Little by little, as I’ve been meeting a goal of at least five blog posts a month, I’ve been making steady upgrades and improvements to this site. And they’ll keep rolling in over the months ahead, as I work to ensure American Dirt remains a chronicle of landscapes and the built environment, as internally consistent as possible, yet always with a finger on the pulse of the broader considerations and influences that swirl around it (and me).
All the improvements are subtle, but they’re all permanent and far-reaching:
Upgrading the oldest posts: Like many online writers who first cut our teeth in the late 2000s, I started on Blogger, Google’s marginally maintained, free hosting platform. It’s still available, but I abandoned it in 2014, having learned that Google decided it wasn’t a lucrative venture and that the opportunities to change a site’s physical layout and navigability were going to remain limited. Google didn’t invest in it, so anyone who still uses Blogger retains an appearance to their site that now appears very old-fashioned. This is obvious in my original homepage for American Dirt. Looks like the mid 2000s. When I switched to WordPress (a hosting platform that does invest in improvements through numerous plug-ins), I took all the articles prior to August 2014 with me to the new domain—but the formatting didn’t always translate well. It’s slow going (I was very prolific for the first year), but I am slowly making certain these old posts use the same formatting as something written last month. This includes the following changes:
- I’ve been fixing all broken internal links by replacing them from Google Blogger to the dirtamericana (WordPress) domain. Sorry, but I can’t fix external links—if they’re expired there’s nothing I can do about them, and I didn’t know how to use Archive.Today back then.
- I’ve corrected spacing issues that often appear between paragraphs or even between two words (especially keywords).
- I’m including a featured photo that appears in the promoting of every distinct article, which will show as a thumbnail when searching for this article in the blog.
- I’m upgrading Yoast SEO, the WordPress plug-in that allows search optimization—a feature I first installed in late 2015 that ties every article to a (mostly) unique keyword.
So far I’ve only completed up to the end of September 2009 with these upgrades, but eventually I plan to get this to the point when I made the WordPress shift. It’s very time consuming, so bear with me if it takes a few more months.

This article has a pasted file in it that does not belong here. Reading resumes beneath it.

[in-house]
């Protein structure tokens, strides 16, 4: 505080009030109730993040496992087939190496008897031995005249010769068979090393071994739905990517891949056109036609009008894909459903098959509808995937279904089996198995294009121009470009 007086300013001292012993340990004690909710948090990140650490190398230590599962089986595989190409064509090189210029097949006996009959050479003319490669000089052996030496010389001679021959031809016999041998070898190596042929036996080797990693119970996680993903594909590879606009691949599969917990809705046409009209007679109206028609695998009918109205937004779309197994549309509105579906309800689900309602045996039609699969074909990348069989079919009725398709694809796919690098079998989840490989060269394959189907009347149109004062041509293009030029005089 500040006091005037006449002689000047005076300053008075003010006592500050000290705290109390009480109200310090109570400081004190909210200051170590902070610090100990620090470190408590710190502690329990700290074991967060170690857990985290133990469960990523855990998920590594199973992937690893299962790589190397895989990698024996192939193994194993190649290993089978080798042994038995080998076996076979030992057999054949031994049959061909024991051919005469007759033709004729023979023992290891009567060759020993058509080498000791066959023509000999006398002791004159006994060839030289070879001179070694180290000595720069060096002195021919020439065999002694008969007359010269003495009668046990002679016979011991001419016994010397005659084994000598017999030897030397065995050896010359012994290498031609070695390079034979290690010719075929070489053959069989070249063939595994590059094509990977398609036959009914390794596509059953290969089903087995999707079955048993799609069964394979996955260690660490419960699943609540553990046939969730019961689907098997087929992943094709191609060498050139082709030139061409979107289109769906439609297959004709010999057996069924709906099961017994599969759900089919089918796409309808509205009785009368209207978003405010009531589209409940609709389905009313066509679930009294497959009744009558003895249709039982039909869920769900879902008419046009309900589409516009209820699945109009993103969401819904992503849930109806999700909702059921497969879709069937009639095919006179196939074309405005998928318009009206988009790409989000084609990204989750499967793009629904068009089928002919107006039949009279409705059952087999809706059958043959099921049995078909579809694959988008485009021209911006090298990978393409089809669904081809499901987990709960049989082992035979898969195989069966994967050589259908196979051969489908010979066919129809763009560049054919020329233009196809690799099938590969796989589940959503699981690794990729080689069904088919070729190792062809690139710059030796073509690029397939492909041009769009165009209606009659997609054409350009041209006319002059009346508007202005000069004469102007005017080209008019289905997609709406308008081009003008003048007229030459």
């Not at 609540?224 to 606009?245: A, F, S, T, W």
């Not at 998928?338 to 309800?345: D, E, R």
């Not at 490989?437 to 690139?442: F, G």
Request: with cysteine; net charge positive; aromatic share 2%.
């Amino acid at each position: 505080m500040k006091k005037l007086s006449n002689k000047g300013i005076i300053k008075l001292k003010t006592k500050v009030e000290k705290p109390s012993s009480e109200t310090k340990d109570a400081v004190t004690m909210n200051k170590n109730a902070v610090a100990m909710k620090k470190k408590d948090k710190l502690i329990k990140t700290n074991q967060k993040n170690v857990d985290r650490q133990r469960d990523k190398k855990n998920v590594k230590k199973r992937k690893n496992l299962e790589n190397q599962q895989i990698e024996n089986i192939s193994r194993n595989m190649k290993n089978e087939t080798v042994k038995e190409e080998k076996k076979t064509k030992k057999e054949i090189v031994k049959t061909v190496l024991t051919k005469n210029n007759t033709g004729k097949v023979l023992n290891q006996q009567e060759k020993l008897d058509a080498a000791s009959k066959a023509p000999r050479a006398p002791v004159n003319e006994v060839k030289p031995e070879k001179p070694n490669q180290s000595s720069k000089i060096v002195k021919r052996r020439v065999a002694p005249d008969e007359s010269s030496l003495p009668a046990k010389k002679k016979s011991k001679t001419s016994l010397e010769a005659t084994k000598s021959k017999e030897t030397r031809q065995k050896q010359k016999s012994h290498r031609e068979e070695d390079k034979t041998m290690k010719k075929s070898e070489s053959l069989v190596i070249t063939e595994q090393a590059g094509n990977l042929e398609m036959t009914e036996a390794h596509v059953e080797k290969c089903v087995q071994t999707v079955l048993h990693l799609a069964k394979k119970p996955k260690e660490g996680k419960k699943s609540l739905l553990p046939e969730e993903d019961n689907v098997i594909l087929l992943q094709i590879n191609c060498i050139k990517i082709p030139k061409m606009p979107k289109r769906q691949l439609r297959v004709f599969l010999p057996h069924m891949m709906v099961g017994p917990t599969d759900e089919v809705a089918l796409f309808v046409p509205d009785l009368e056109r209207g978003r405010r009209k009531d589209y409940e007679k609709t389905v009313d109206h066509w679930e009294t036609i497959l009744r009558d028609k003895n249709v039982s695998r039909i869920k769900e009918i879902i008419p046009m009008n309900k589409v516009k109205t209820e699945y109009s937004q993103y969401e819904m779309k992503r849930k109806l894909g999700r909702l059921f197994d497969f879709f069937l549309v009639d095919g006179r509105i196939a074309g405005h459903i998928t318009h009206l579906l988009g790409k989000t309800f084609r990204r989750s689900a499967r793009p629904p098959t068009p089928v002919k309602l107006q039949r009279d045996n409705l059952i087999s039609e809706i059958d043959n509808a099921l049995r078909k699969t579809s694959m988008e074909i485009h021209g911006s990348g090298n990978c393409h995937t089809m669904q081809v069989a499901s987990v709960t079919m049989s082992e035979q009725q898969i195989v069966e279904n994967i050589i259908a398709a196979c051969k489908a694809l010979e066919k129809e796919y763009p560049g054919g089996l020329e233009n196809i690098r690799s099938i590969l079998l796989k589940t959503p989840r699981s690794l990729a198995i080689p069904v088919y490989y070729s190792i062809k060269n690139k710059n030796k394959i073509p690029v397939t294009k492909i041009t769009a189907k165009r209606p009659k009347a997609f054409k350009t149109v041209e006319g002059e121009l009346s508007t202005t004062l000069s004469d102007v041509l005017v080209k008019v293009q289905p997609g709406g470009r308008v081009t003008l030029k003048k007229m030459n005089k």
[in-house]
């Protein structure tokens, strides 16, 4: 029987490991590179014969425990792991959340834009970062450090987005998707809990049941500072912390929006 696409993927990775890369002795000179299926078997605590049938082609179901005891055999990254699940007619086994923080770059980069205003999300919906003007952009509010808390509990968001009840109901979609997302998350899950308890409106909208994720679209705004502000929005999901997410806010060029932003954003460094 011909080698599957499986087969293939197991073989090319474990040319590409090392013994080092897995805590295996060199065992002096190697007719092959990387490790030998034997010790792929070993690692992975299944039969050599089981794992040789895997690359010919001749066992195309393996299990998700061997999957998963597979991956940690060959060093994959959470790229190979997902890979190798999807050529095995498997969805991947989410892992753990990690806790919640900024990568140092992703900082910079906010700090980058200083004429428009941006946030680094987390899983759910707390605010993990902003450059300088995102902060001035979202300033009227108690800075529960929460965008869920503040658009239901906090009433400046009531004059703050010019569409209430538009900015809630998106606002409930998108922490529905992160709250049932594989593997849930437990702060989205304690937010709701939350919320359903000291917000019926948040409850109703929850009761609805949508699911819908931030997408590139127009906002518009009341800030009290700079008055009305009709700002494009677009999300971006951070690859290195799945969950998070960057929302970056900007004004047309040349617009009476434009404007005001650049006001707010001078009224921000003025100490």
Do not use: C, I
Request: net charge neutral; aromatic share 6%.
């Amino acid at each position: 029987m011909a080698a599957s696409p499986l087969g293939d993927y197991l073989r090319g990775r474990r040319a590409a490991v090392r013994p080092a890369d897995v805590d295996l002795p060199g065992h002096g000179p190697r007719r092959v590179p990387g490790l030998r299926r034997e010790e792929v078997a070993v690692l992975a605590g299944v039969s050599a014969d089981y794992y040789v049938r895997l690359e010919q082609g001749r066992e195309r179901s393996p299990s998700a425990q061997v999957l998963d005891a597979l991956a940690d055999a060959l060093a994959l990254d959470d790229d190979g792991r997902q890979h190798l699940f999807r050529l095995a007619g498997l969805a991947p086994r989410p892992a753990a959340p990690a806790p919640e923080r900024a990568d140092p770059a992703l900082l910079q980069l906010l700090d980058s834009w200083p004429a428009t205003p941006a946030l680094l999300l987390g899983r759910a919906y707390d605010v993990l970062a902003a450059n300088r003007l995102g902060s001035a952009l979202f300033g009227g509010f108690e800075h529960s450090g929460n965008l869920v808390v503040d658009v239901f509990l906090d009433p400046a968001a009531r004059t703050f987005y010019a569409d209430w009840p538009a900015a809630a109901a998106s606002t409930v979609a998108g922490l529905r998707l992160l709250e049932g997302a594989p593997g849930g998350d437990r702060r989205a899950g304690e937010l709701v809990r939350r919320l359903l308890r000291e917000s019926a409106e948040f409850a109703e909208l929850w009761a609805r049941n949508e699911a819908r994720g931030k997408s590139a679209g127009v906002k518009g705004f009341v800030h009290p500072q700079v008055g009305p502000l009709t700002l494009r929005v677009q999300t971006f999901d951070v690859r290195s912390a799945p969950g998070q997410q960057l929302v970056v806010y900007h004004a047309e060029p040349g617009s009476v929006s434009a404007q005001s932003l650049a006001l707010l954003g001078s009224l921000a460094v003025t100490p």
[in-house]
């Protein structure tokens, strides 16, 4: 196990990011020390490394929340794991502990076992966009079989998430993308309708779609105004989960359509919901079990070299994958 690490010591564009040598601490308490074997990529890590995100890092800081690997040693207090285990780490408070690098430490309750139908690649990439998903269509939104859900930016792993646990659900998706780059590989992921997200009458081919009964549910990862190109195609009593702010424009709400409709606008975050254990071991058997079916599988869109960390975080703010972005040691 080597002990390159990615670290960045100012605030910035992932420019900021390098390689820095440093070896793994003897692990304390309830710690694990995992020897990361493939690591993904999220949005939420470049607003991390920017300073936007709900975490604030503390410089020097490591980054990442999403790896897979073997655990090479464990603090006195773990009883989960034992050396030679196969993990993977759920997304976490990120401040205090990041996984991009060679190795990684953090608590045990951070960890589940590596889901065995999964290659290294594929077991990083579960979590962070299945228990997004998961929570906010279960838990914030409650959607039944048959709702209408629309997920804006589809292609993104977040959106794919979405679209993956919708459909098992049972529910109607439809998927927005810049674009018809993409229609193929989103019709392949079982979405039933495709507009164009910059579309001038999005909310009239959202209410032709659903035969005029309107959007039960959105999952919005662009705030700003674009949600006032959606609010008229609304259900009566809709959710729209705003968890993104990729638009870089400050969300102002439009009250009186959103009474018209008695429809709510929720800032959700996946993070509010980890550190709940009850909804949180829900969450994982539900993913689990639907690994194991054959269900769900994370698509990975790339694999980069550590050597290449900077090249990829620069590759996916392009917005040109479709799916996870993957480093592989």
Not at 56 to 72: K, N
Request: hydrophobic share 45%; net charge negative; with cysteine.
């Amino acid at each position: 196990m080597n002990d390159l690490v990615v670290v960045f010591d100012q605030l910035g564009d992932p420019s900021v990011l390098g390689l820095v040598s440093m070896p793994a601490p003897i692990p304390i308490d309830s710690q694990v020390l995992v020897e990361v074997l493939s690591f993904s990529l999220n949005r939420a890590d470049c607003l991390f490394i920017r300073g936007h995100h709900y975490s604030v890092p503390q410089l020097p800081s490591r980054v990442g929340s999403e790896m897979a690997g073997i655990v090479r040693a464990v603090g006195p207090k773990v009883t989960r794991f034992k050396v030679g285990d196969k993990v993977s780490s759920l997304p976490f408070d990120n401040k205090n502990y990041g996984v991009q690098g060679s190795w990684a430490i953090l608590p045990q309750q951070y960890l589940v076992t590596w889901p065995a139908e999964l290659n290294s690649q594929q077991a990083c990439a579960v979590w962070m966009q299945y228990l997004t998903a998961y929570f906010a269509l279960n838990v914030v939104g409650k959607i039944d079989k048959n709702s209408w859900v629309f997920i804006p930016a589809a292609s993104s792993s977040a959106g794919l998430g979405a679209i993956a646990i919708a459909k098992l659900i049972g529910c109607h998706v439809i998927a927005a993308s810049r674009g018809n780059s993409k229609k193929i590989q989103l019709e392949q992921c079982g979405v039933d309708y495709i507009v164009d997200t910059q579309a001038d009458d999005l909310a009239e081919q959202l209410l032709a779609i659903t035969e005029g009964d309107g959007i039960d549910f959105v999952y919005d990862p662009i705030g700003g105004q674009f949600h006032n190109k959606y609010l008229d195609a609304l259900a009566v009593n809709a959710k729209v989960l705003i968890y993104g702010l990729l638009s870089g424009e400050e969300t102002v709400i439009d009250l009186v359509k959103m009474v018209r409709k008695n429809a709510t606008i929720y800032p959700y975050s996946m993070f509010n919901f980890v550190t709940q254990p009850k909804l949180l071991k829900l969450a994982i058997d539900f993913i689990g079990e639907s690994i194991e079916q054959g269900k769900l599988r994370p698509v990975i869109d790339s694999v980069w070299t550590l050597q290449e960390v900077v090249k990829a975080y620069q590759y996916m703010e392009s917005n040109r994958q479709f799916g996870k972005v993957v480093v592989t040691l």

Expanding the opportunity for WordClouds: The “Clouds” feature on my menu bar has featured “Topics” as a word-cloud for well over a year. This organizes all topics by the prevalence of use, visually distinguished by size. The biggest words are the ones I use the most: neighborhoods, retail, revitalization, signage, site selection, suburbs, and taste culture. In the last two months, my fearless webmaster has made the improvement to add word-clouds for cities, states, and foreign. I see it as a less wonky way of giving quantities and basic analytics to the visitor.
Quantifying the results from a search: But, for those of us who do still like basic stats, the opportunity still exists. For the last month, my webmaster has improved the “search” feature on my menu bar so that all dropdown items (for example, going from “State” to “Alabama”) will now show the quantity: “The search ‘Alabama’ yielded 6 results.”) This was trickier to implement than you might think.
Improved capacity for sound and video clips: I have made sparing use of this feature (and that will continue to be the case), but I do expect on occasion to include sound or even all-out video clips where they are relevant.
Beyond those improvements, the others are more intellectual or even ideological. I aim to keep learning from what I do, and, most importantly, from the feedback I receive and what others teach me. As anyone who frequents this site should know, I take a very strong anti-moderation stance. The only real reasons I will remove a comment are the following: it unequivocally tries to self-promote or sell something (spam), or it’s abusive to one of my other commenters. That’s it. Abuse me all you want; I have thick skin.
So, without further ado, please keep reading and keep the comments coming! Even the criticism makes me happy in the long run, because it helps me get better at this.